Canada is Different, Even In Its Muslims
by Stephen Schwartz
TORONTO and MONTREAL — A common, cynical definition of Canadian identity is that it is "not American." That is, while Canada, in its English-speaking majority, has little to distinguish itself in literature, art, science, and other facets of culture, its residents console themselves with the distinction between their political attitudes, which run toward socialism and reluctance about global intervention, and those of their southern neighbor, perceived as ultra-capitalist and expansionist.
It is said that Canadians are more modest and polite, slower to be offended and less aggressive in their assertion of pride than Americans. Nevertheless, Canada contributes to the anti-terrorist struggle in Afghanistan. Canadian Forces recruiting publicity on television, which I viewed during a visit to Muslim intellectuals north of the U.S. border, expresses a commitment to combat absent from similar messages directed to American recruits. The U.S. military, in its appeals to enlist, emphasizes educational, training and other opportunities, while the Canadians stress a single word: "Fight." Canada is also different, as I shall examine, in its inclusion of a large non-English population, in French-speaking Québec and other Francophone areas.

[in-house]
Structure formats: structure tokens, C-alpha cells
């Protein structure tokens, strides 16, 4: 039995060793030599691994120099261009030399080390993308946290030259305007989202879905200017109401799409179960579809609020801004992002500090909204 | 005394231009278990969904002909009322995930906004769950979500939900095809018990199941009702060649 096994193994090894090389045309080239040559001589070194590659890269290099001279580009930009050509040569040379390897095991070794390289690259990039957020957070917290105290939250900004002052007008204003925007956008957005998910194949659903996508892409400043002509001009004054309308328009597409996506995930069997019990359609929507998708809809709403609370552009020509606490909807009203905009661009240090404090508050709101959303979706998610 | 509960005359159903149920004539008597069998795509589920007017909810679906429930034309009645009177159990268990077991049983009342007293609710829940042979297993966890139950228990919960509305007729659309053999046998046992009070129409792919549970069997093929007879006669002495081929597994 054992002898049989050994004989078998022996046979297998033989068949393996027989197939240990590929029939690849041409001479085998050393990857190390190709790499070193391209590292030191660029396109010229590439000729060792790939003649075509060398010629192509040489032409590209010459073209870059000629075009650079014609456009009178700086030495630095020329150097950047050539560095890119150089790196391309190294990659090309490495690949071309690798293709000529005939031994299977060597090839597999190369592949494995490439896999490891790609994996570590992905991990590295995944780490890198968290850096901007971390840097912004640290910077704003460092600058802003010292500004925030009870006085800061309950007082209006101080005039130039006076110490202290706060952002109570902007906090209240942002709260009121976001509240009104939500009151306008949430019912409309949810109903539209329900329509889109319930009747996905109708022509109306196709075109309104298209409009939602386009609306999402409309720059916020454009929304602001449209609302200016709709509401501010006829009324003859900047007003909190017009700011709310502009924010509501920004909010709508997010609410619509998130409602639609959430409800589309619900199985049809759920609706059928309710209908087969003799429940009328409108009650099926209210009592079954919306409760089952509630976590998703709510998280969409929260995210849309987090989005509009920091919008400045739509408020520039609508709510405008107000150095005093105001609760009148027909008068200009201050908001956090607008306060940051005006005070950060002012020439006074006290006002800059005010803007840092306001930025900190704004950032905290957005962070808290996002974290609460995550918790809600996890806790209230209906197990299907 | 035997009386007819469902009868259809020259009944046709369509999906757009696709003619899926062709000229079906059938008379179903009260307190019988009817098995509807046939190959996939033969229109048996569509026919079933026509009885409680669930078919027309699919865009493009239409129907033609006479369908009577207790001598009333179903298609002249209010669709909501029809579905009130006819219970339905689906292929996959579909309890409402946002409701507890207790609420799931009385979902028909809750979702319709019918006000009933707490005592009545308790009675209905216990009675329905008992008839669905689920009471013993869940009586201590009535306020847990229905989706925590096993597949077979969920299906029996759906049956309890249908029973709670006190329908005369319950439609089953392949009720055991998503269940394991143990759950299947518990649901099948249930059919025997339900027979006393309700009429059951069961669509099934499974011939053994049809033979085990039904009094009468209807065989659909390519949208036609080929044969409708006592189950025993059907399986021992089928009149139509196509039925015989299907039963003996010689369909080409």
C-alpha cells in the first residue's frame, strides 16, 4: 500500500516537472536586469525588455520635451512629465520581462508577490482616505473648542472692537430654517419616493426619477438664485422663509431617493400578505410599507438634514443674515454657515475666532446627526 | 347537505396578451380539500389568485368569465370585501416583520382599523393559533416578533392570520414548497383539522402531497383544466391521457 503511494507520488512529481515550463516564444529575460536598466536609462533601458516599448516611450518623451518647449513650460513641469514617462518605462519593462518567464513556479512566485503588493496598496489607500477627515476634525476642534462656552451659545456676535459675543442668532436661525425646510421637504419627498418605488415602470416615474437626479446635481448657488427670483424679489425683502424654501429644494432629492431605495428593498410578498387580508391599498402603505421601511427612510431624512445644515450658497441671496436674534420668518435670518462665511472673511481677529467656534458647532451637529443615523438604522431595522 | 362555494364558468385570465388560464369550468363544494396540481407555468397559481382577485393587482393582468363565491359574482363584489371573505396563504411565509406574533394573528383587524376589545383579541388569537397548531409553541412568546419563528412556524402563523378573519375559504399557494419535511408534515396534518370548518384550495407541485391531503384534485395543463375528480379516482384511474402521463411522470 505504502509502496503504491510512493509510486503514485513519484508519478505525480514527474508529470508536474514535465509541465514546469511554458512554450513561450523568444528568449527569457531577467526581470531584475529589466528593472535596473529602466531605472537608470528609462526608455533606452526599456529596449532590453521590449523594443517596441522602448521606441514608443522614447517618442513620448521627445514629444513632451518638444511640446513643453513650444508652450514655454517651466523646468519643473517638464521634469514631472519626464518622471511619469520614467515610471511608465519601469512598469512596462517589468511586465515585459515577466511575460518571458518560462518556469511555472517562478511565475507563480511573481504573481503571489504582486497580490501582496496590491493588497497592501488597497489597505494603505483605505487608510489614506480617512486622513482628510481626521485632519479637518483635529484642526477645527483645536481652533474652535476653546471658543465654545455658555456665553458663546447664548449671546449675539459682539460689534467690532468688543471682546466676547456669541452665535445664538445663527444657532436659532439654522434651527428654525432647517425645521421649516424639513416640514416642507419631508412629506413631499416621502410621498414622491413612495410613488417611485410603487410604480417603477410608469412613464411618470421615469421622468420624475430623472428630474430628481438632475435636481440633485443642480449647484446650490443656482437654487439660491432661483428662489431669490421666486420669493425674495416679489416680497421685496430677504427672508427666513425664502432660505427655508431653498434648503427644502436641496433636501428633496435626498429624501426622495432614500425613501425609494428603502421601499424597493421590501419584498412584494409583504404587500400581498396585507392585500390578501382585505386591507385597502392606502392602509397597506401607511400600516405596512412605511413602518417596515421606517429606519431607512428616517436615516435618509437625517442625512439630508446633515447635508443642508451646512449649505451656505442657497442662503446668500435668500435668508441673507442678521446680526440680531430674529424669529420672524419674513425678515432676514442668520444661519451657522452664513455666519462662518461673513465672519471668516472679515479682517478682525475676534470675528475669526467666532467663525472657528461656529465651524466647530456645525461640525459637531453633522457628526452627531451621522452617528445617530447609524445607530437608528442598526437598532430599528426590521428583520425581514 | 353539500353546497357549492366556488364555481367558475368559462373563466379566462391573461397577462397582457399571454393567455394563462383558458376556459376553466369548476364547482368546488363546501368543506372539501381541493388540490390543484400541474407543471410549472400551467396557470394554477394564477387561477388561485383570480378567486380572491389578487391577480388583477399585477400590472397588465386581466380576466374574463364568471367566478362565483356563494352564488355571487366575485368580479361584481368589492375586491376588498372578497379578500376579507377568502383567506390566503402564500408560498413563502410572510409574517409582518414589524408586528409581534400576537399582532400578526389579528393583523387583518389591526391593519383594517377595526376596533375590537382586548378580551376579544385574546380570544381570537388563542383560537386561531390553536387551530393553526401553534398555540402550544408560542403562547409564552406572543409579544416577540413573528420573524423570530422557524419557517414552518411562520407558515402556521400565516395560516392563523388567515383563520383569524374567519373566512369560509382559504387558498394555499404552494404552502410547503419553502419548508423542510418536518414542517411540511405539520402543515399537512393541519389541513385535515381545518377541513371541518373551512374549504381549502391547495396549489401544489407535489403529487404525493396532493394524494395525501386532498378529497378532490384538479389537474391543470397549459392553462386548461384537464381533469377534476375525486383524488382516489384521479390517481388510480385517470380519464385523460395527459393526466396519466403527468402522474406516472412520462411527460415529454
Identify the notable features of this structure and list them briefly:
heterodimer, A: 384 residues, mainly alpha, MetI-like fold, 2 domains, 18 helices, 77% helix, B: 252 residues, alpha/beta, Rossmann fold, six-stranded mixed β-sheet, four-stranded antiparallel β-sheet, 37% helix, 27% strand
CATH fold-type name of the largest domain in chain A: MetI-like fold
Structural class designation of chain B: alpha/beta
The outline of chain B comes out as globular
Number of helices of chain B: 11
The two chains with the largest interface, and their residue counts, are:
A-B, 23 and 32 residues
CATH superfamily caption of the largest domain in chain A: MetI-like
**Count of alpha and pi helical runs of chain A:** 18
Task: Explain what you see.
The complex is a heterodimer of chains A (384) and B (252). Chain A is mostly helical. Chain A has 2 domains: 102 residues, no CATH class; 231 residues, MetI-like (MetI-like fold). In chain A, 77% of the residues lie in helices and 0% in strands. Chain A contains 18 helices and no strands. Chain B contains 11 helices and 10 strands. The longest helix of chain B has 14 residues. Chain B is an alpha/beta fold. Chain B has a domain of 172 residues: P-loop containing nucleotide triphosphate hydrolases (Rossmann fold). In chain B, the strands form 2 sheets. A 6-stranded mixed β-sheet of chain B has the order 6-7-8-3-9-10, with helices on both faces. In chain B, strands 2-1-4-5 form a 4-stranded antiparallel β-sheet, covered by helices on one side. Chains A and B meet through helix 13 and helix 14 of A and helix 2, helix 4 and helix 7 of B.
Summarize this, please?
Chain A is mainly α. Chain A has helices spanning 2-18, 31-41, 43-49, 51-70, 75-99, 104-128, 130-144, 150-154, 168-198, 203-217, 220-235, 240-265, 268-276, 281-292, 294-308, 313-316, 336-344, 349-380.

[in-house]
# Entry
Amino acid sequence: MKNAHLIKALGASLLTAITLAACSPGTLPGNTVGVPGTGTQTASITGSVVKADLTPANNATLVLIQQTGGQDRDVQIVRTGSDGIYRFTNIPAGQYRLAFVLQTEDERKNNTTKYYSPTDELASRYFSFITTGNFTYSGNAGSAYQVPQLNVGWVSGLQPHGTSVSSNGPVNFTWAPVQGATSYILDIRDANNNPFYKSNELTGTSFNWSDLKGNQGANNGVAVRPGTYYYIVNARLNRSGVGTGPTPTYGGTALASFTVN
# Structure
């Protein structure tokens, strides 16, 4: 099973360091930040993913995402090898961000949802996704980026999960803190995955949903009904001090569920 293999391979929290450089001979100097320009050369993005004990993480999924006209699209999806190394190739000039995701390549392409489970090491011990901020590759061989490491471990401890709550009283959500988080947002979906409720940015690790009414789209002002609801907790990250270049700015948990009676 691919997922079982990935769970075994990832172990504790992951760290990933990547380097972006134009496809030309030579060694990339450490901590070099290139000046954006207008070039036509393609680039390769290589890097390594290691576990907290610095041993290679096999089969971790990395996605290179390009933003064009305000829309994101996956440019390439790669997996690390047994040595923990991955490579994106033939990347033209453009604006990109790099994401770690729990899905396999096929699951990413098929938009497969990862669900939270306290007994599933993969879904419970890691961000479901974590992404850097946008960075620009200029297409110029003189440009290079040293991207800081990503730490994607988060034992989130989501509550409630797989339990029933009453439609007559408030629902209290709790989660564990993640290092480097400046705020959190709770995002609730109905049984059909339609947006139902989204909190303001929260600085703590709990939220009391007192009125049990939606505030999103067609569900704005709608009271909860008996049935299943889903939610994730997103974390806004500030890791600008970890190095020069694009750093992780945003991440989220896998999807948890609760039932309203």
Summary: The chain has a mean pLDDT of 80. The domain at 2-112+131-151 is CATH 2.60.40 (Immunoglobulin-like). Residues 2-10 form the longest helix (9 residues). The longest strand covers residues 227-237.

Canadian Islam is equally different, in a promising and heartening way.
American Islam and Islam in England are completely dominated by extremists. There is no room for doubt about this. In the U.S., the leadership and representation of Sunni Islam is monopolized by the "Wahhabi lobby," made up of the Council on American-Islamic Relations (CAIR), the Islamic Society of North America (ISNA), and their various satellites. American Shia Muslims, most of whom still express great gratitude to President George W. Bush for ridding Iraq of Saddam Hussein, are marginalized and disorganized.
In the worst aspect of this situation, the mainstream media (MSM) and significant elements of the U.S. government turn to the Wahhabi lobby and their academic apologists to speak for the American Muslims, as if there were no other Islam than that which its most radical exponents offer. The MSM and government do not seem to know who the moderate Muslims are, and demonstrate no understanding of how to communicate with them or support them in opposing the extremists.